Delete
    2. Thanks Robin for your reply and I look forward to parts 2 and 3 of your review--great job on part 1! My 4/3s lenses are labeled "ED". I actually thought the "ED" series preceded the "SD" designation and lacked some feature of the "SD" series.

      Delete
    3. The ED stands for a glass element of the optics, with "Extra-low Dispersion", mainly to correct chromatic aberration. hope that clears things up.

      Delete
  30. Great review, Robin I am looking forward to the remaining ones.

    ReplyDelete
  31. Hey Robin,
    This is superbly tempting indeed... But ofcourse repelling with the steep price :P
    But that aside, how's the real build quality of EM-1 compared to EM-5, especially with regards to the most common hardware issues reported for EM-5, like the "main-dial coming off", the "Eye-piece rubber falling off", the "crack developing at the bottom of the LCD", the "rubber grip of the HLD-6 ripping off", etc.?
    Has Olympus answered any of those annoyances of the regular OM-D users? If not, it'd be another big put-off considering that high costs!

    ReplyDelete
    Replies
    1. It is difficult to answer these questions at this point of time, because the camera condition is mint, and has not undergone much torture or abuse over time. The problems with buttons/dials dislocating and rubber come-offs only happen with wear and tear.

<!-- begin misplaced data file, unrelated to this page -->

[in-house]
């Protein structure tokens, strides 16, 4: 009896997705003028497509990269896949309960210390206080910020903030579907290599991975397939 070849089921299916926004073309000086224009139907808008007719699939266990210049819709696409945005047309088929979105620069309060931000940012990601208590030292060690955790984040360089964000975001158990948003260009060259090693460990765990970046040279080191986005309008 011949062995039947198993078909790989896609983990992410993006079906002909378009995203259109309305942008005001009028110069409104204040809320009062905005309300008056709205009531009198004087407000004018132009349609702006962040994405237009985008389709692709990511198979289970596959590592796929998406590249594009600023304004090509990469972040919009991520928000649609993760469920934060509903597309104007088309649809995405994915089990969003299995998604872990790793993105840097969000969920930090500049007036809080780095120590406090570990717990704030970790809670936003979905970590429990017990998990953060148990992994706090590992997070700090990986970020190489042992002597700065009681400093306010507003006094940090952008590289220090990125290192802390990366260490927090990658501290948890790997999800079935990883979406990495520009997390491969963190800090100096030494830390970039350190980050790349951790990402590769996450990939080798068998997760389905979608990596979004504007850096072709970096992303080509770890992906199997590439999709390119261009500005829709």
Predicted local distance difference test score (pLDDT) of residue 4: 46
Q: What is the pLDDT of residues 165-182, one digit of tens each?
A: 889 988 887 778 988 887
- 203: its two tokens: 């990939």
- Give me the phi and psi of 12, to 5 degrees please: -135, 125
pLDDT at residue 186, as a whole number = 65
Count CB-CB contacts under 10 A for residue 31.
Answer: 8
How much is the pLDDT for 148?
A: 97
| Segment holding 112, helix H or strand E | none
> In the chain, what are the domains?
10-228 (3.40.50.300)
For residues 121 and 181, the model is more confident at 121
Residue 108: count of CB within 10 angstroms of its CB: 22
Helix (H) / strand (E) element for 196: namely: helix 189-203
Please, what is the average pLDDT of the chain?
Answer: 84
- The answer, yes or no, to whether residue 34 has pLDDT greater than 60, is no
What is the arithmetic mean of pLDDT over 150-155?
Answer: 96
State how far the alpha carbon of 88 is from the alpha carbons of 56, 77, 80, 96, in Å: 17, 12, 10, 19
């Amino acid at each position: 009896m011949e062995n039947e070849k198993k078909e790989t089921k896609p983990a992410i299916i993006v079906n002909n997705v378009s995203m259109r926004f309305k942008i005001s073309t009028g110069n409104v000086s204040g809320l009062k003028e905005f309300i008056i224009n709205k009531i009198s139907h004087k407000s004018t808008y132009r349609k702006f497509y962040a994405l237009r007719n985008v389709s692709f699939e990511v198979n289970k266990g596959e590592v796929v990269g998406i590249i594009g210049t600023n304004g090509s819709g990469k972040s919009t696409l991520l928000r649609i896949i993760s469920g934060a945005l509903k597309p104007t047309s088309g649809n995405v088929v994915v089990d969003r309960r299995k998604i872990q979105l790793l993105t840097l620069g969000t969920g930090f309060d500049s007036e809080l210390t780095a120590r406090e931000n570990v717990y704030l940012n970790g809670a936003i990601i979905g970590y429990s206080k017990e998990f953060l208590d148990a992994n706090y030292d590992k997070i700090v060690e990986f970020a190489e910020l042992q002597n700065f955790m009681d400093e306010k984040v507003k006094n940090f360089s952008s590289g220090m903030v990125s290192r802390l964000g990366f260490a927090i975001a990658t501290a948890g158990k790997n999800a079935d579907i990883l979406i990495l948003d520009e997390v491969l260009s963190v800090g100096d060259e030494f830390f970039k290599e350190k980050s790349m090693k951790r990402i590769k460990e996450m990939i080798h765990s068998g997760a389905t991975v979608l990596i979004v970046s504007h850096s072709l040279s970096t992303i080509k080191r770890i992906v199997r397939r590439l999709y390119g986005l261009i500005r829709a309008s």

Since the E-M1 is labelled as professional model (E-M5 was not), I would expect the durability to be much better. Of course, only time will tell!

      Delete
  32. Thank you so much, Robin, for all your hard work preparing this review and sample images. I'd really love to hear your comments about the in-camera handling of moire. Having used cameras without AA filters, I have encountered serious moire issues, particularly with patterned fabrics. I am longing to know how the E-M1 copes with this. (Thanks in advance!)

    ReplyDelete
    Replies
    1. Norma, the fine detail capture, without AA filter will be explored in the next entry. Stay tuned!

      Delete
  33. Timely review, looking forward to Part 2...

    Robin, I heard that 4/3 system is not dead yet, and there would be a released of a new body (E-7) probably before end of the year.

    While the EM-1 is the pro version for the OMD M4/3 series, works to continue the 4/3 line of camera is still in the works.

    Would you deny this?

    Thanks!

    ReplyDelete
    Replies
    1. Hello Peter,
      There is still a lot I do not know about the planning and strategy of Olympus Imaging, but to be entirely honest I have not heard of any E-7 coming. If there was such a camera in the making, it has escaped me completely.

      Delete
    2. This comment has been removed by the author.

      Delete